For fast yet undemanding sailing, easy trailing and simple camper-cruising, the Astus 20.5 trimaran is likely to find wide appeal says David Harding
Astus 20.5: Fast, fun and affordable trailable trimaran
Astus 20.5: Fast, fun and affordable trailable trimaran
Boats that are small and light enough to keep in your driveway and trail to where you want to sail make a lot of sense.
One drawback, however, is that they tend to be slower than bigger boats – especially if they’re of a size and weight that allows them to be easily managed short-hand, both afloat and ashore.
If you want to sail from Poole to Weymouth for the weekend in a 20ft trailer-sailer, for example, it might take a while.
This is where speedy trailable trimarans like the Astus 20.5 come in.
When I sailed its predecessor, the 20.2, about 10 years ago, we regularly hit 15 knots on a reach without breaking sweat and maintained an easy 6.5 knots upwind.
You can cover a lot of ground at those sorts of speeds.
I first met the Astus 20.5 at the Düsseldorf Boat Show in 2019. Since it’s a newer boat and designed by no less a design team than VPLP, I had high hopes that it would offer even more than the 20.2.
Quite apart from the sailing potential, the trailing is as simple as can be with a boat like this.
If you choose the resin-infused hull, the Astus 20.5 weighs under 500kg (1,100lb), or just over 500kg with the standard solid laminate.
The lighter weight means you can use an unbraked trailer, saving money, maintenance and yet more weight, so you can trail it behind a normal hatchback vehicle.
Getting somewhere fast under sail is one thing. Having somewhere to sleep when you arrive is another.
Though its cabin is smaller than on a monohull of similar size, the Astus provides seating, stowage and space for a companionable couple to be able to stretch out.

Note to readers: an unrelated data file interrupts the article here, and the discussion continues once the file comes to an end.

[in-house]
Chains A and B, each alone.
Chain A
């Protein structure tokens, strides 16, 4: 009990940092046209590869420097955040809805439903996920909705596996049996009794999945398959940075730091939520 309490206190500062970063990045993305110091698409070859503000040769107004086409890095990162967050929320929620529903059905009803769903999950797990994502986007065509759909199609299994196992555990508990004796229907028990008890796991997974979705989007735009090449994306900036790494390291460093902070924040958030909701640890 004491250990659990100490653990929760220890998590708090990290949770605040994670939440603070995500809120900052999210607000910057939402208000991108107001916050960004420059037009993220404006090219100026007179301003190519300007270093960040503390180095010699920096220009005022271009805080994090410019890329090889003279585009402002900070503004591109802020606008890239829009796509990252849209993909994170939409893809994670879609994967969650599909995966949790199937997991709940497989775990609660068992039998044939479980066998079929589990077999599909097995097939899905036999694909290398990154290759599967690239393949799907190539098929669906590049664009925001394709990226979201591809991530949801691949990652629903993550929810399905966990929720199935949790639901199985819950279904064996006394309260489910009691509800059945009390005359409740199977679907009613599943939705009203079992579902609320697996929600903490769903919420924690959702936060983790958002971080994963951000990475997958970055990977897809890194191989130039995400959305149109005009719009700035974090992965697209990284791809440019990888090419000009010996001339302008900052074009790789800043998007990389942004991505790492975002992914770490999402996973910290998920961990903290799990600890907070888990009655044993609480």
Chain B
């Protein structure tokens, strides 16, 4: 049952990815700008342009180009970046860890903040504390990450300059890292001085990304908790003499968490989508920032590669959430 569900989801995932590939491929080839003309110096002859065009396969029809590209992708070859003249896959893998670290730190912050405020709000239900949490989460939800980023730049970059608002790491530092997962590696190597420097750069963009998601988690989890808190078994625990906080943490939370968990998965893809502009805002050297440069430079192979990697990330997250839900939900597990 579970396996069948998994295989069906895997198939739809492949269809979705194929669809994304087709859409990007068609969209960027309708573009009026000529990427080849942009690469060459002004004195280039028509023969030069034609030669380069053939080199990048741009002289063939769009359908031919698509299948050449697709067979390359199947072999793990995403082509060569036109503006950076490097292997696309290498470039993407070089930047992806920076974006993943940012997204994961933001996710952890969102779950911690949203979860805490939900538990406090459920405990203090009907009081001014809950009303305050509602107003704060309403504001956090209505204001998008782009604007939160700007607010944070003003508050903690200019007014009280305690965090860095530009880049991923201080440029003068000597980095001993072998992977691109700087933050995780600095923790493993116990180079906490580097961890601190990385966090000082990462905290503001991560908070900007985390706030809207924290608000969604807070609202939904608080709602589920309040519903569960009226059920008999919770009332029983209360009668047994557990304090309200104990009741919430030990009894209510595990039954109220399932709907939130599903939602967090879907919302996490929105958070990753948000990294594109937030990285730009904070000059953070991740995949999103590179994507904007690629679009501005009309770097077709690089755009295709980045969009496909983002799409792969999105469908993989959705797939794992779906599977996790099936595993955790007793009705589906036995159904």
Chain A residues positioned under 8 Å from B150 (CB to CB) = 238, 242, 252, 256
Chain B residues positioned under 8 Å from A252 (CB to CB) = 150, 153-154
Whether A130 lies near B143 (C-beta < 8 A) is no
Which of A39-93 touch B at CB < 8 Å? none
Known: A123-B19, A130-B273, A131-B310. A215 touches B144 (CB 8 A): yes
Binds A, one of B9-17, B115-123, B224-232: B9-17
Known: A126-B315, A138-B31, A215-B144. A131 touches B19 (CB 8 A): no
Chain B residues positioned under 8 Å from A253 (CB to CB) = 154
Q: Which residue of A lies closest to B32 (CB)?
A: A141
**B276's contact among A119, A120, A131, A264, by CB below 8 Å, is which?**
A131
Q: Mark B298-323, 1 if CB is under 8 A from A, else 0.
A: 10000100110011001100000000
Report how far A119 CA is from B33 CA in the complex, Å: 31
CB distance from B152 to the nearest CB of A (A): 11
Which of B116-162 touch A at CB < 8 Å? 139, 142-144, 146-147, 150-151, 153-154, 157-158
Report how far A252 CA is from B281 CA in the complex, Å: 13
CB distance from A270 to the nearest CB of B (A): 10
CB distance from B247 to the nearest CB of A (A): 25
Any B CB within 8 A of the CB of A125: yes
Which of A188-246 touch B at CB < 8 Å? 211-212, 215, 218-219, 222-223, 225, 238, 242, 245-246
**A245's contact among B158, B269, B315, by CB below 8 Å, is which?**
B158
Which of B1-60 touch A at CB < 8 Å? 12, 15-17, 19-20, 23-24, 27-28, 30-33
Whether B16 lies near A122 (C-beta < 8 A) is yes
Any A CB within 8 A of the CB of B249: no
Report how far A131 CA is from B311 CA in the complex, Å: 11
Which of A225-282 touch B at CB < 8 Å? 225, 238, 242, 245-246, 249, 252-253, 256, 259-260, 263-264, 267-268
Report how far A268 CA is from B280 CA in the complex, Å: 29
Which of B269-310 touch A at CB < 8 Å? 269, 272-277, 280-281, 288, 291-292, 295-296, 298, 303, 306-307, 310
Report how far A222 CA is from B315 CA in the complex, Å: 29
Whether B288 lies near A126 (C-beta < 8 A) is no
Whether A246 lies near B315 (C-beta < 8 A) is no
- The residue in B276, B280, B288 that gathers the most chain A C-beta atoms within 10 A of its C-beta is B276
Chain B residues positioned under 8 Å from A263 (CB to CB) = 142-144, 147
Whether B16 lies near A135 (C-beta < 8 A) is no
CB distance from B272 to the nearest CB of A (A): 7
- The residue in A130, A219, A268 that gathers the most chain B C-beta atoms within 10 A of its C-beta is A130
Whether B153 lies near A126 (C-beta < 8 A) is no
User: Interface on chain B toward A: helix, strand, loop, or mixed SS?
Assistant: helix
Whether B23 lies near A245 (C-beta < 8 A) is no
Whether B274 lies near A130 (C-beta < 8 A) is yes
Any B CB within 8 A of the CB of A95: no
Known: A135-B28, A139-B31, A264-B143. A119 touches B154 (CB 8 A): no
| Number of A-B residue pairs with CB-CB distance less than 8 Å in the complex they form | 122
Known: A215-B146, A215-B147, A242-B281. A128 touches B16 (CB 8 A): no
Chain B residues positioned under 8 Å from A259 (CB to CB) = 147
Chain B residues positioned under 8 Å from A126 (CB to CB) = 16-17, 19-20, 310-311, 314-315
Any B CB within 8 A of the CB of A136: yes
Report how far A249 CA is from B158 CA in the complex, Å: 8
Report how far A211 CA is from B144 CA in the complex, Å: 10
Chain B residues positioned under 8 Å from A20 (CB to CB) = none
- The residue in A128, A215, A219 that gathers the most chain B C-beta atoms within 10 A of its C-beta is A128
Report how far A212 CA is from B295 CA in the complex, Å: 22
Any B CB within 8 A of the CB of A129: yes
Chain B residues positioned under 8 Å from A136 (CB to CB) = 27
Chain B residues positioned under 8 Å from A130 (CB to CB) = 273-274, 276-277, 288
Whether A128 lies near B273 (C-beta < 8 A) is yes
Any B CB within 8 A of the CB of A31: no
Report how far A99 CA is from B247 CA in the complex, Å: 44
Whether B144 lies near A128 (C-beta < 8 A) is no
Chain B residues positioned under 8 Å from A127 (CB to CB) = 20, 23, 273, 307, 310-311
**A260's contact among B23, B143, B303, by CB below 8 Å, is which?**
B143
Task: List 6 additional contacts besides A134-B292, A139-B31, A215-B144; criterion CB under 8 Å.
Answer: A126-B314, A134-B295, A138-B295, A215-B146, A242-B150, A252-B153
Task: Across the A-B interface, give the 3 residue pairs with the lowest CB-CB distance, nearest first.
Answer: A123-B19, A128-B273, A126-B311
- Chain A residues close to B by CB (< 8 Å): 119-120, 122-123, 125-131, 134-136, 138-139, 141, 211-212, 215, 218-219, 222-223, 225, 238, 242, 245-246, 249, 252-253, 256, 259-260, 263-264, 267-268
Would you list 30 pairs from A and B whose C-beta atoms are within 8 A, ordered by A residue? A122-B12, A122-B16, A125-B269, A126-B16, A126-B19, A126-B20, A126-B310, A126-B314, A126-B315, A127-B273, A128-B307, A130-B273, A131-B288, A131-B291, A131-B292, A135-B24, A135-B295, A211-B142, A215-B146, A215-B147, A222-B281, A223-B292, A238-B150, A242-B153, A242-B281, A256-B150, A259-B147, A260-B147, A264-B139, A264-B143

Then of course you have the trampolines each side on which you can rig a tent for more sleeping space.
The opportunity for a sail on the Astus 20.5 finally came when Hein Kuiper of Boats On Wheels brought his first demonstrator to the UK.
In fact we went out twice – first for a photo session in Poole on a brisk winter’s day and then a few months later in Chichester Harbour.
Since the boat arrived in Poole on its trailer, I was able to see how it went together.
Pulling out the hulls is pretty straightforward: their aluminium beams slide in and out of the fixed beams on the main hull. You can do that ashore or afloat.
There’s nothing complicated about raising the rig, either, and it can all be done singlehanded.
The whole process, from arriving with the trailer to sliding the boat into the water, took Hein a couple of hours or so the first time or two (comparable with a monohull of similar size, he reckons) but would undoubtedly get quicker with practice.
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Whether you choose the standard or the Sport version, the mast is the same height.
The difference is that the latter comes with a square-top mainsail to give appreciably more sail area.
If you want to save as much weight as possible and make raising and lowering the mast easier, you can have it in carbon. A wing mast is another option.
The rig and hardware don’t appear to be modified in any way as a concession to the boat’s trailer-sailer nature.
Here and there, the odd ready-made loop or strop would save fiddling around with bits of line.
All that is forgotten as soon as you’re under way.
On our second outing, once the electric outboard had pushed us out of Northney Marina – where the boat proved to be surprisingly manoeuvrable with the centreplate fully down – we headed off on a beam reach at 12.5 knots in 12-15 knots of wind.
In most boats, 12.5 knots would be going some. In this 20-footer, it felt perfectly relaxed.
Over the course of the following couple of hours we covered every point of sail including, of course, reaching under spinnaker.